Monday, December 21, 2009
Not all of them want to talk about what happened. Some Poles don't want to remember the killings, brutality, deportation, enslavement, deprivation, and suffering that many of them felt would never end. My mother was one of these Poles. If I asked her about what those years under the Nazis were like, she would wave me away and tell me simply, "If they give you bread, you eat it. If they beat you, you run away."
I respect the silence of those like my mother who wouldn't talk about those years. I'm sure she felt that she was protecting my sister Donna and me from the kind of sorrow few can bear.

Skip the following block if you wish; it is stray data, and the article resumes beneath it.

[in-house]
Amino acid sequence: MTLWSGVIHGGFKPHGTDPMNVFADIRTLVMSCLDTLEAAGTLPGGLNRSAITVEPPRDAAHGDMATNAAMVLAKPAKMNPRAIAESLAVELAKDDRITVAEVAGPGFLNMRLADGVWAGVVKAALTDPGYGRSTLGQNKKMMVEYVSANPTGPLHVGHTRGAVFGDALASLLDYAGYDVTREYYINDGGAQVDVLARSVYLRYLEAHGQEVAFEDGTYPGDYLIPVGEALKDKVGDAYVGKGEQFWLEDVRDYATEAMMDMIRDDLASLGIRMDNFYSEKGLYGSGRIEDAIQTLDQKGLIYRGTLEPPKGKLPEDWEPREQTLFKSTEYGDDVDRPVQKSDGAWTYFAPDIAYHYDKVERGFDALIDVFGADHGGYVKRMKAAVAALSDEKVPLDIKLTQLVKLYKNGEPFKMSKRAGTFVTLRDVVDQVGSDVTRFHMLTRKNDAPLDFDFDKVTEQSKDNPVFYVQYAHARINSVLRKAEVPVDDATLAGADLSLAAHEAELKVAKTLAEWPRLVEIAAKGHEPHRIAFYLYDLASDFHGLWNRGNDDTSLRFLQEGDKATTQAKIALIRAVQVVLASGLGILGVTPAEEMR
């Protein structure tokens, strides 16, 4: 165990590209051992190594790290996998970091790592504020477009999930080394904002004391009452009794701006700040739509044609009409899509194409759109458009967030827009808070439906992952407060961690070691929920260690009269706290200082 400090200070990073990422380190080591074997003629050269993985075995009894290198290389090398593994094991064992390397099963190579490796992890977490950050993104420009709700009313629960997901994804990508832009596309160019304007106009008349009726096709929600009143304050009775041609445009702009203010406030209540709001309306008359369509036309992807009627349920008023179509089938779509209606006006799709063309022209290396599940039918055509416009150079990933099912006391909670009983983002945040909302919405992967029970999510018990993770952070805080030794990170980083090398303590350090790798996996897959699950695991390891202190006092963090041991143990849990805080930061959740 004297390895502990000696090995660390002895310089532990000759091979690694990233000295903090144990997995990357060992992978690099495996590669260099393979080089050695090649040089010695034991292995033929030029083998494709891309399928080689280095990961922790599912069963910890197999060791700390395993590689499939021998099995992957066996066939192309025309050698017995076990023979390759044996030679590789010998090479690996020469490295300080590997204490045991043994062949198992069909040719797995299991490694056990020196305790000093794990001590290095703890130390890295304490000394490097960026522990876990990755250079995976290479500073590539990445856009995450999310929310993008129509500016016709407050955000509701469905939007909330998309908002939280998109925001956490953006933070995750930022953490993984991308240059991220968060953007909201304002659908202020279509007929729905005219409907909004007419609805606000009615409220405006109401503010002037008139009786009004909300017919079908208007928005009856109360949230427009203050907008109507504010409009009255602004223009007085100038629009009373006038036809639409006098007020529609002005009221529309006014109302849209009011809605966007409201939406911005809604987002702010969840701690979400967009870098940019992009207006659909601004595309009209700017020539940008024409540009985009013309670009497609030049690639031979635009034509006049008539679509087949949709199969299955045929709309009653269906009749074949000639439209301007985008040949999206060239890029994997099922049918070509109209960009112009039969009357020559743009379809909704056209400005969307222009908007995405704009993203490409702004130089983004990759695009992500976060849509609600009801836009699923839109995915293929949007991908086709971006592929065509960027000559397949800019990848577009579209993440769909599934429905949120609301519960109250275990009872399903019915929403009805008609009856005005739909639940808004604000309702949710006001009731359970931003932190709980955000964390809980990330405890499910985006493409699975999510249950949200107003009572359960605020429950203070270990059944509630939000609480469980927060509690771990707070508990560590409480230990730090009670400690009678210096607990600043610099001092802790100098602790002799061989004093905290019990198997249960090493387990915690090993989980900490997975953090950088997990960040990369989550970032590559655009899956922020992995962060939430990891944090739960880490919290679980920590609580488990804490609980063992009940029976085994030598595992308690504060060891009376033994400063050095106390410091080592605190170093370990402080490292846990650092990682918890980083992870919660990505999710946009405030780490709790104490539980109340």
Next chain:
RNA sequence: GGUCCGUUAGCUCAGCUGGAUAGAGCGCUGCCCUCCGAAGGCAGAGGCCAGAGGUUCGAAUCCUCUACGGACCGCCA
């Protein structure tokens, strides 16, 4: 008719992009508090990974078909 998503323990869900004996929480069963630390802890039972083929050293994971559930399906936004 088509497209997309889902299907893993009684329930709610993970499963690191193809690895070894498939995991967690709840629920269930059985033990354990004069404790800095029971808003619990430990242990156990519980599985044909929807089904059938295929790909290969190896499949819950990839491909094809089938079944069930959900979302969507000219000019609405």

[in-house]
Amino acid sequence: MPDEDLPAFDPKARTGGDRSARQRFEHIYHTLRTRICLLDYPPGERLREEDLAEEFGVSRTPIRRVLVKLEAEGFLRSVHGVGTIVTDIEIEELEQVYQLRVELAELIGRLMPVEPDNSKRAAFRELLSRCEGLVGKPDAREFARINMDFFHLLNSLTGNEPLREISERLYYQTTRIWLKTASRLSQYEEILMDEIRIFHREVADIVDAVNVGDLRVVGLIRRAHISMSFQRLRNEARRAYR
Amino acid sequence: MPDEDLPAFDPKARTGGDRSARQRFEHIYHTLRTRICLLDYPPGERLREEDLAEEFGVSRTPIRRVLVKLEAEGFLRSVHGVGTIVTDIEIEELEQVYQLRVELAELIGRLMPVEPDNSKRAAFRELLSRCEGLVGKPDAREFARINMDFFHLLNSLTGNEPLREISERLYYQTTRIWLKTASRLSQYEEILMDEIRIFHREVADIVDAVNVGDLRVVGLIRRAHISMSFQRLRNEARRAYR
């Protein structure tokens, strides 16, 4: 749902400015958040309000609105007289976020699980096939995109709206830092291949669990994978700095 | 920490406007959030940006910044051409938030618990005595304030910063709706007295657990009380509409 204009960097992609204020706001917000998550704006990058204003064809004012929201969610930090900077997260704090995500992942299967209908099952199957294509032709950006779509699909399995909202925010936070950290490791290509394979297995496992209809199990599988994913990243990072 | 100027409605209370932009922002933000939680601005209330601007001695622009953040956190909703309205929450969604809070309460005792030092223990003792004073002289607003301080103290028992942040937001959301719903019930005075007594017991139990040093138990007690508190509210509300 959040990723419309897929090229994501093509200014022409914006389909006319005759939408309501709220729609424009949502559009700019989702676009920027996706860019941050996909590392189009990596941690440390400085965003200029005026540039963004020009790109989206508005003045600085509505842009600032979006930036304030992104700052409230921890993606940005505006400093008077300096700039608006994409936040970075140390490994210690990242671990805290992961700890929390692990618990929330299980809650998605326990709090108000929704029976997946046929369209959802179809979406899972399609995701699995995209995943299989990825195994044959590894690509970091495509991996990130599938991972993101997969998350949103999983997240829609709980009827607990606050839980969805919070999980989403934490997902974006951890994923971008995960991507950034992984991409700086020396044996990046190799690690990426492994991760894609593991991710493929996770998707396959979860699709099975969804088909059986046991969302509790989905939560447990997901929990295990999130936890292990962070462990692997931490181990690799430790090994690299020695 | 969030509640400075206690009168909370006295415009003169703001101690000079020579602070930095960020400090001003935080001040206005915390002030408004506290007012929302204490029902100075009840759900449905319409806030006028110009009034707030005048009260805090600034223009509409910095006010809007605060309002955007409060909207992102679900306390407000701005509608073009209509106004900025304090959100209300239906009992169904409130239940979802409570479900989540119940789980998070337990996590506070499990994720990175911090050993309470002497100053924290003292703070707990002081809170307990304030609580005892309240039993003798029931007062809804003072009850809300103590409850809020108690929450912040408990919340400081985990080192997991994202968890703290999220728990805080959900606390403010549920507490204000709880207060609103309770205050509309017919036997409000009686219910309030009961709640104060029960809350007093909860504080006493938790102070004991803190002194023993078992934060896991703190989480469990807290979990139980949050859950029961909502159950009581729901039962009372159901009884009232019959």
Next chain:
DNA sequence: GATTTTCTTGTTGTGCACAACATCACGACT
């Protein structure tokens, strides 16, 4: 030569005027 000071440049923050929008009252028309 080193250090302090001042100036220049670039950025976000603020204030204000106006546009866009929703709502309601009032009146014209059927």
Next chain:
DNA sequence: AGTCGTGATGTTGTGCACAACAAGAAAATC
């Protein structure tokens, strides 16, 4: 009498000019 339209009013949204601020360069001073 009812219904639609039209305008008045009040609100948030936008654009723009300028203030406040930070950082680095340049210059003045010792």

Other Poles, however, were like my dad. He was a man who felt that it was his duty to let people know about the terrible things that were done. He didn't want people to forget the evil that came down upon the Poles.
Justine Jablonska, a graduate student in the Medill School of Journalism at Northwestern University, recently published a series of reports about four Poles who, like my father, feel that they must keep the memories of what happened alive.
These reports are gathered together under the title "Four stories: The nurse, the child, the Resistance fighter and the Home Army soldier."
In this series of articles, Ms. Jablonska describes what happened to a 19-year old nurse who was deported to Siberia, a 7-year old boy who witnessed the collapse of Warsaw, a resistance fighter who was captured and sent to Auschwitz-Birkenau and Buchenwald, and a 16-year old who fought to free Poland during the Warsaw Uprising in 1944.